HUBER HEIGHTS — Monday night, the Huber Heights City Council passed a resolution to modify the boundaries of Community Investment Area #5 and to modify the tax exemptions available within Community Reinvestment Area (CRA)#5.
According to Assistant City Manager Don Jones, this would expand CRA district 5 by adding property to it and they would use CRA tax incentives as a means to further development in that area.
In 1993, CRA District #5 was created with Center Point 70 Boulevard included. This boundary amendment includes residential and agricultural properties along Brandt Pike, Shull Road, and Carriage Trails Boulevard. This boundary amendment has been found by a housing survey in which dilapidated and abandoned homes are causing a blighting influence on several properties, high foreclosure filings on multiple parcels, and conservation land are discouraging development in this area.
Within Area No. 5, tax exemptions for improvements to real property may be granted for periods of 10, 12 or 15 years with 15 years utilized for the construction of every dwelling, commercial or industrial structure as described in ORC Section 3735.67(D)(4).
Jones said that the majority of the land that is being added to the CRA District #5 is vacant land that is hard to develop. He said the developer will tear down the dilapidated homes and build something new as part of its development.
“They also get a tax abatement for 15 years, but they’re agreeing to pay us a payment in lieu of those taxes,” said Jones. “So, even though they’re getting an abatement, they’re still paying us…We get made whole basically…Depending on the development, it’s around 78 percent that the money comes back…In reality, if it was just property taxes and no income tax, we’re actually getting more money back through the combination of the pilot payment and income tax payments than we would have got back if we had just done straight property taxes because we couldn’t have gotten the project without the CRA if we didn’t have some incentives in there.”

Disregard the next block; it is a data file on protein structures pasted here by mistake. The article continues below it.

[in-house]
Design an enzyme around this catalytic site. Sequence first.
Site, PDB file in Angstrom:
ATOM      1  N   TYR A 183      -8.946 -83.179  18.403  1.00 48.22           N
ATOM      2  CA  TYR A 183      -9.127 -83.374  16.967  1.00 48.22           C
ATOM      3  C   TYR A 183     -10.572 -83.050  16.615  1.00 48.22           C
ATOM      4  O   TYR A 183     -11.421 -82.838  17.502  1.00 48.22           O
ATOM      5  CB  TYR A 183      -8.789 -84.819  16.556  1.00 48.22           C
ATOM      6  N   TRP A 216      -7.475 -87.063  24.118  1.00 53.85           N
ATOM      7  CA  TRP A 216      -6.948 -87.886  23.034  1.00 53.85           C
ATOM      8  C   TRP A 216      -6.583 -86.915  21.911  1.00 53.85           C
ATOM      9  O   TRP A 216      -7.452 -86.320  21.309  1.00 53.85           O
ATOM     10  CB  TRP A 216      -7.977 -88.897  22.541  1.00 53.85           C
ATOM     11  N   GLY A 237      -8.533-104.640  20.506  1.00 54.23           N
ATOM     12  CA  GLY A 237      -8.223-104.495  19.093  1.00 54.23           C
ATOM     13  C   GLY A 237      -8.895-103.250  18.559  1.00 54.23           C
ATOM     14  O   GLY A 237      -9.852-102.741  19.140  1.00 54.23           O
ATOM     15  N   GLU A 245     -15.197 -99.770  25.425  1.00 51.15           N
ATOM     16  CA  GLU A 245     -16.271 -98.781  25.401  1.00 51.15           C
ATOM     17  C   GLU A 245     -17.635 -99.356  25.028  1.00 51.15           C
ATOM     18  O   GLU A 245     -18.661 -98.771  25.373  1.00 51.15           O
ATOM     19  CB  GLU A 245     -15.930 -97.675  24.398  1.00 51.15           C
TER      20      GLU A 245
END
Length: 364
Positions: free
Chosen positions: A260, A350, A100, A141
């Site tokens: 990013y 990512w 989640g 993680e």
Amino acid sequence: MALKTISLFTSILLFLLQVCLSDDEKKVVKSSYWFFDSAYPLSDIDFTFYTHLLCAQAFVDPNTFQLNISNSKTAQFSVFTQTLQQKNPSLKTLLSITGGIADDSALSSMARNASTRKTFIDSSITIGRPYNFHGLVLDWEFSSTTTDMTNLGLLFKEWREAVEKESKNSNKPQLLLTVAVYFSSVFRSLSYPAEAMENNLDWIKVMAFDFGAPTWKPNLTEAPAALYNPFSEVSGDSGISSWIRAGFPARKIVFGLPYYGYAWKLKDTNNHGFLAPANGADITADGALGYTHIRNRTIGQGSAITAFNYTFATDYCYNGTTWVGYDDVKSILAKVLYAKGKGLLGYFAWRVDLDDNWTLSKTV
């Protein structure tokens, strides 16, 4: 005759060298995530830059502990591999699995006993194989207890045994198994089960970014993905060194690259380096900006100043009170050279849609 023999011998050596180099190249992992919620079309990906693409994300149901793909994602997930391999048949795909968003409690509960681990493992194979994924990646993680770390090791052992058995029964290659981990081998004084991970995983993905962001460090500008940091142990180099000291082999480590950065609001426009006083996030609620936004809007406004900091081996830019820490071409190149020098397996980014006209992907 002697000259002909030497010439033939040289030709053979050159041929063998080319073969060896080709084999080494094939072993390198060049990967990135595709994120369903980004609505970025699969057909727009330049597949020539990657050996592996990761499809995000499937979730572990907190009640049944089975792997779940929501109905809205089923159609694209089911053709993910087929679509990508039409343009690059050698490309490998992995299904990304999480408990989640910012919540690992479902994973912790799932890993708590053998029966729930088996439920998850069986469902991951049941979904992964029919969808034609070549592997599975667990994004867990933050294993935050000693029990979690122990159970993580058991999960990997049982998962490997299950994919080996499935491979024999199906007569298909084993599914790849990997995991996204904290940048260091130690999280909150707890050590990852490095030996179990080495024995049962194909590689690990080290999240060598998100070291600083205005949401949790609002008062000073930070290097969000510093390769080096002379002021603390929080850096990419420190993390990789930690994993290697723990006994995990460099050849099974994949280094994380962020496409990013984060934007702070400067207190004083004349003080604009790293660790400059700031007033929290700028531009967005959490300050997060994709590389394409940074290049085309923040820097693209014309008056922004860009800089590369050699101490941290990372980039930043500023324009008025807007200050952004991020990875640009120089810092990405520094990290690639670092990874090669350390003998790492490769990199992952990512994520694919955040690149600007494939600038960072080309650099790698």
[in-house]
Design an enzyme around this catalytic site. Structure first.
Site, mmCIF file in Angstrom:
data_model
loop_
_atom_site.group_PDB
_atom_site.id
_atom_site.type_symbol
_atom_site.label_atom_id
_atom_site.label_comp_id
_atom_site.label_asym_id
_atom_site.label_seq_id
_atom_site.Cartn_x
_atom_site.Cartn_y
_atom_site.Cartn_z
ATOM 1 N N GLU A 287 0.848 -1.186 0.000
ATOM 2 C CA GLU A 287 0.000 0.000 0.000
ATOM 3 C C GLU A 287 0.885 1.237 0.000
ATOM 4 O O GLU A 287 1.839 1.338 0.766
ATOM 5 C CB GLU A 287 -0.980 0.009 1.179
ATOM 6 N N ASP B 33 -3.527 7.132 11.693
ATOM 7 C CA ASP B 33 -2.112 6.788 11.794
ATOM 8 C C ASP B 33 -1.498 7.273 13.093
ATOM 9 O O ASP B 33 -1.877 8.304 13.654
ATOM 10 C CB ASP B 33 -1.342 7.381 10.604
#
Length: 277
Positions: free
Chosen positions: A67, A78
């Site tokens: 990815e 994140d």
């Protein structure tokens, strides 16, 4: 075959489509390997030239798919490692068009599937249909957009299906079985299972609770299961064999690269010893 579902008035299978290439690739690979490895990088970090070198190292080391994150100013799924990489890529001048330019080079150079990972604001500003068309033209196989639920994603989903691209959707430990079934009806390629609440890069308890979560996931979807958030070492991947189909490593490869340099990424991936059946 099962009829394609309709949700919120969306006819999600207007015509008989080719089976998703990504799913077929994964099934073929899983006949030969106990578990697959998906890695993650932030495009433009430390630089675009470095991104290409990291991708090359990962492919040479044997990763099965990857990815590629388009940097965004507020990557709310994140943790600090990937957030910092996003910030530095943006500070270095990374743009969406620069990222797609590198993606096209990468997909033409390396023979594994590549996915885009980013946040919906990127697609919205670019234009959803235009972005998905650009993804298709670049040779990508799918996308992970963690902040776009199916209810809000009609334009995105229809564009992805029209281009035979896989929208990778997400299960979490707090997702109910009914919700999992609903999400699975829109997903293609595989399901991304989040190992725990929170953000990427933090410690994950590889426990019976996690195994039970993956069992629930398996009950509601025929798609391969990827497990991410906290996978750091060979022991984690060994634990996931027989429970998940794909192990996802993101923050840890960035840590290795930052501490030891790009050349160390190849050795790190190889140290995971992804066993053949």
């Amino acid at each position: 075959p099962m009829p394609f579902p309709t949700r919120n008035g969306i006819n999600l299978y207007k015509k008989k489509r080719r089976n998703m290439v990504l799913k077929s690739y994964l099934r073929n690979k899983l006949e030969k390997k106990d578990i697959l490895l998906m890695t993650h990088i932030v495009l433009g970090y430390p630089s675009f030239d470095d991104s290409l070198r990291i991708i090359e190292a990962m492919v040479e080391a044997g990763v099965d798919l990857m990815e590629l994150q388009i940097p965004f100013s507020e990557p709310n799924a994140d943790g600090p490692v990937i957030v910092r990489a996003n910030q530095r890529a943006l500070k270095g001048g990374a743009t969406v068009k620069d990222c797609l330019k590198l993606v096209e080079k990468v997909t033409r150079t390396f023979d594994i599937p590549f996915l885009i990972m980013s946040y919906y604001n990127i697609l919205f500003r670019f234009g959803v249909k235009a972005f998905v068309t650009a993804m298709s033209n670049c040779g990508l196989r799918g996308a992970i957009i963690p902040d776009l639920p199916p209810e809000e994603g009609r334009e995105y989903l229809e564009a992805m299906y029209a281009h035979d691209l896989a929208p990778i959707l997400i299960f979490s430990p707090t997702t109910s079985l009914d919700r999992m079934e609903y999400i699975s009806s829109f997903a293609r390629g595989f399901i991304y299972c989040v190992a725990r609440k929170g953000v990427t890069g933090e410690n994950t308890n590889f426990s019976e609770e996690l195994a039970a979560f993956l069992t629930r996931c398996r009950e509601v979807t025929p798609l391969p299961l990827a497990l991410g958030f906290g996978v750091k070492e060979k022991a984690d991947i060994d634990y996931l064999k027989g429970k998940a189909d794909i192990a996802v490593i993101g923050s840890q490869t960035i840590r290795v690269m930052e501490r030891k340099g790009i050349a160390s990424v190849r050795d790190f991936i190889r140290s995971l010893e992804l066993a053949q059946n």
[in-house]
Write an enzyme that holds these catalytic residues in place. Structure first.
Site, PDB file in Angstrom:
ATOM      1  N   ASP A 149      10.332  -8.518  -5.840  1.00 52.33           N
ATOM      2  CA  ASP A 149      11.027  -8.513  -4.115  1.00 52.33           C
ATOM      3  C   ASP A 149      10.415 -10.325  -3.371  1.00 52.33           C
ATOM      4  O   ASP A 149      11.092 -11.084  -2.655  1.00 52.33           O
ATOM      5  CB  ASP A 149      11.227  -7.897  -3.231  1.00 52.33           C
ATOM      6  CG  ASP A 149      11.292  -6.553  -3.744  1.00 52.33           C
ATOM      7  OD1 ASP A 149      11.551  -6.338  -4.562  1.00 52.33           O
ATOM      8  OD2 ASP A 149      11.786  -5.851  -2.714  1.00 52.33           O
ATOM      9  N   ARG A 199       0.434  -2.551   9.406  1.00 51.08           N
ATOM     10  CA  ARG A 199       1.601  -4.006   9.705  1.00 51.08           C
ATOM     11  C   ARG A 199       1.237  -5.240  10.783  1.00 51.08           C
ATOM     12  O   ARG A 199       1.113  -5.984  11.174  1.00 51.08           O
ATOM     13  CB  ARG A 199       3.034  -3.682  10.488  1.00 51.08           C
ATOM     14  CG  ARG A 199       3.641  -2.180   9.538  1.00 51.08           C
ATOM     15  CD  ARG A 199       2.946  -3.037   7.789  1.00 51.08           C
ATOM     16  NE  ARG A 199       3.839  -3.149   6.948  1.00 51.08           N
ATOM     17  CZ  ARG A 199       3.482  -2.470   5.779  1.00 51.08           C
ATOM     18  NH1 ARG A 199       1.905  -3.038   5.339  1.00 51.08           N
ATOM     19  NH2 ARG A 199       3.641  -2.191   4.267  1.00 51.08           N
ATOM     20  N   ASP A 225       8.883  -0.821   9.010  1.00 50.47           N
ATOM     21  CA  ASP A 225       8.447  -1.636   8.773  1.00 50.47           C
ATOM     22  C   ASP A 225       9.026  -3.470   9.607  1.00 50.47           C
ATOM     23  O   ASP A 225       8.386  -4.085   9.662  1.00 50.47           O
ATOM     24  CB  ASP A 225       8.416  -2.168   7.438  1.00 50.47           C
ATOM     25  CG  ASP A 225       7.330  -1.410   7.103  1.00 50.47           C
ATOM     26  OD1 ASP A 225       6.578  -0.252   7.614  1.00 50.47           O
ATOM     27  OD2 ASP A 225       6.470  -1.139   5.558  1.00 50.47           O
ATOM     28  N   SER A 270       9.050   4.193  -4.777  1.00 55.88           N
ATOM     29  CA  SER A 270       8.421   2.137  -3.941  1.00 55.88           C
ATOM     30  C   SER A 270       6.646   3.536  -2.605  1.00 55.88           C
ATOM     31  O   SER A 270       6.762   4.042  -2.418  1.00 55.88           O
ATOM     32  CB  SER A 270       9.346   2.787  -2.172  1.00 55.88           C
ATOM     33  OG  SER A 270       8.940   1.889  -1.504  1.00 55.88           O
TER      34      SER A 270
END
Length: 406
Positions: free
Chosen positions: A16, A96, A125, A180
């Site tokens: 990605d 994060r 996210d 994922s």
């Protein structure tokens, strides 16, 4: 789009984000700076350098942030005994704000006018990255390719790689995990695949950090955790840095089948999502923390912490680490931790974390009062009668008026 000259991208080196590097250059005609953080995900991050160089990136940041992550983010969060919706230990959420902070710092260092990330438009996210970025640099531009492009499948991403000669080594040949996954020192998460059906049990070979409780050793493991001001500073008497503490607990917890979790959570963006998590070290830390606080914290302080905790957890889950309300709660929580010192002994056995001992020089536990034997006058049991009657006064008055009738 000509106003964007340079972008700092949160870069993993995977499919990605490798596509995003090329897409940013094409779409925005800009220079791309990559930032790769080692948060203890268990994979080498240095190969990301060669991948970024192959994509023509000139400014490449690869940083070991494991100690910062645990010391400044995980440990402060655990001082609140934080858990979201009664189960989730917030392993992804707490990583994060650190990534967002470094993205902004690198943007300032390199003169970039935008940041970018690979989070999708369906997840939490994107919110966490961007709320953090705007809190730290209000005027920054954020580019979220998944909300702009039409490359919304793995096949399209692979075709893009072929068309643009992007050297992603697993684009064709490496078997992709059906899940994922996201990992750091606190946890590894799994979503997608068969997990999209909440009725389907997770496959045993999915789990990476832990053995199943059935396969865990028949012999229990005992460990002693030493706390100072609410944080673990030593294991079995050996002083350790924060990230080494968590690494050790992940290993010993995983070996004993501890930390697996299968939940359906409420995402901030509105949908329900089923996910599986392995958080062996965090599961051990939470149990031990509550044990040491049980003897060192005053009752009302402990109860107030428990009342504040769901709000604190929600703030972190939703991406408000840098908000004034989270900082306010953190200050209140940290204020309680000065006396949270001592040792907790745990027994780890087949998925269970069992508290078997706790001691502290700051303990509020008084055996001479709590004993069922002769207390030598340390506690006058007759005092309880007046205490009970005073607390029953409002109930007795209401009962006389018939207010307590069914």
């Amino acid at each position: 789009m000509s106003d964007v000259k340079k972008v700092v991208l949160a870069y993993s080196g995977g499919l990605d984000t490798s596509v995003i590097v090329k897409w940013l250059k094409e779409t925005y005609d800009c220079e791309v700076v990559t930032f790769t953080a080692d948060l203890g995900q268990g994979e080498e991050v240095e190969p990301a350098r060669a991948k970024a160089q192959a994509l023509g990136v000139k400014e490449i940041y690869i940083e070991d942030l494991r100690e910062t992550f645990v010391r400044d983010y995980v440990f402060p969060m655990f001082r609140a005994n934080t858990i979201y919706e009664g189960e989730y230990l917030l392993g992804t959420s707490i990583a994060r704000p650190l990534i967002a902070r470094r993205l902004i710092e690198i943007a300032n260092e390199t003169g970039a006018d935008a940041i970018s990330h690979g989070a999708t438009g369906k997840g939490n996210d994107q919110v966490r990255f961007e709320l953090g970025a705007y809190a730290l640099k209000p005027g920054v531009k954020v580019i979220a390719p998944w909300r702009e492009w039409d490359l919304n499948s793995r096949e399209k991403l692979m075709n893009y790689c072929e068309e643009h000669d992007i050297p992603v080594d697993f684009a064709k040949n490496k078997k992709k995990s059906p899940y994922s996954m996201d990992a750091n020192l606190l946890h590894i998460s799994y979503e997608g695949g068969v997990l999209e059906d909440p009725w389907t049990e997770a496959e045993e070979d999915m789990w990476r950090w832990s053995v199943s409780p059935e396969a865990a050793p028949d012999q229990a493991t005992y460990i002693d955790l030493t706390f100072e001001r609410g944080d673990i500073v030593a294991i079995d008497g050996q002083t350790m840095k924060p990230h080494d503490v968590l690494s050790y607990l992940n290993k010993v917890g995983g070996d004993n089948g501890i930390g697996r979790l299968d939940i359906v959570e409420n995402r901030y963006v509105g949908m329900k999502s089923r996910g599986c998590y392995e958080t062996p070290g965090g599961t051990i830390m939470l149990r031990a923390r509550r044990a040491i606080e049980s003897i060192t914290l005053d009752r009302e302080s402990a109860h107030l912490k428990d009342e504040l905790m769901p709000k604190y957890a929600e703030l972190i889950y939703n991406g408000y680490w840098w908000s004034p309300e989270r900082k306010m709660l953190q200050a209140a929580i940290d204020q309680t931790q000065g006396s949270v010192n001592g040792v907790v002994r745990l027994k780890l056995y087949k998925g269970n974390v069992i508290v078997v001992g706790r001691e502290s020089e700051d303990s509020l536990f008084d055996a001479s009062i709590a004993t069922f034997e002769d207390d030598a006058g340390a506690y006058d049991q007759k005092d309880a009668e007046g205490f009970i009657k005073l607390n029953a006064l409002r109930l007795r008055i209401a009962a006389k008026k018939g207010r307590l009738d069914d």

Jones said the property involved has been bankrupt at least twice and has been undeveloped since 2005. He said this along with big assessments, made it hard to develop because of the cost, including the cost of infrastructure.
City Manager Rob Schommer told Council that the fundamental purpose for this legislation was to bring in a $37 million project into the community.
WaterStone Garden Apartments plans to invest $14.5 million into a new complex while Danbury of Huber Heights, a senior living facility, will bring a $23 million project to the community as part of the Red Buckeye Development, located in the Carriage Trails subdivision. Miller Valentine will develop WaterStone Garden, a multi-family housing complex with 192 one to three bedroom apartments. Lemmon and Lemmon, Inc. is the developer for Danbury which will have 101 units in phase one and 100 additional units in phase two.
Council voted 7-0 with Council member Tracy Dudley recusing herself from the vote, to approve an ordinance directing the appropriation of land located west of Brandt Pike and south of Carriage Trails for public road purpose. City Attorney Alan Schaeffer said the resolution of necessity was passed in the previous meeting for the appropriation of this land and that this was the second step. This ordinance to proceed with the “take” of 2.024 acres of ground in Carriage Trails for public road purposes is in furtherance of the DEC/ Miller Valentine Project with the record title owners of the fee simple interest being State Route 201 LLC. Council fixed the value of the property so taken as $99,700 which was to be deposited with the Court of Common Pleas in Miami County for the use and benefit of the owners of the property appropriated.
This two acre portion of 25 acres of land will allow for the extension of the roadway through this area and then continue the road across DEC property for approximately 2100 feet. It is expected to be a two-lane road, but there’s a portion that will widen out to three lanes for a turn lane right at the front with the Miller Valentine Project.
In other business, Council:
-Approved an amended motion to appoint Neal Zimmers as a liason to the Arts and Beautification Commission. Zimmers is a member of the Ohio Arts Council and could act as an advisor to the commission on securing state grants that may be available for arts and beautification activities. Council amended this motion after Mayor Thomas McMasters expressed concern over the original wording to appoint Zimmers as an “ex-officio” member.
-Rename Drylick Run Street located in Section 4 of the Carriage Trails Subdivision to Dry Run Street.
-Authorized disposal of one Class 7 heavy duty snow plow truck as surplus property and authorized the purchase or two Class 7 heavy duty snow plow trucks.
-Authorized the purchase of a one and one half ton class 4 dump truck and a half ton pickup truck for the Public Works Division to assist in the daily maintenance of city roads and property overall in an amount not to exceed $70,000.
Reach Greg Smart at 937-684-8088 or on Twitter @HH_Courier.com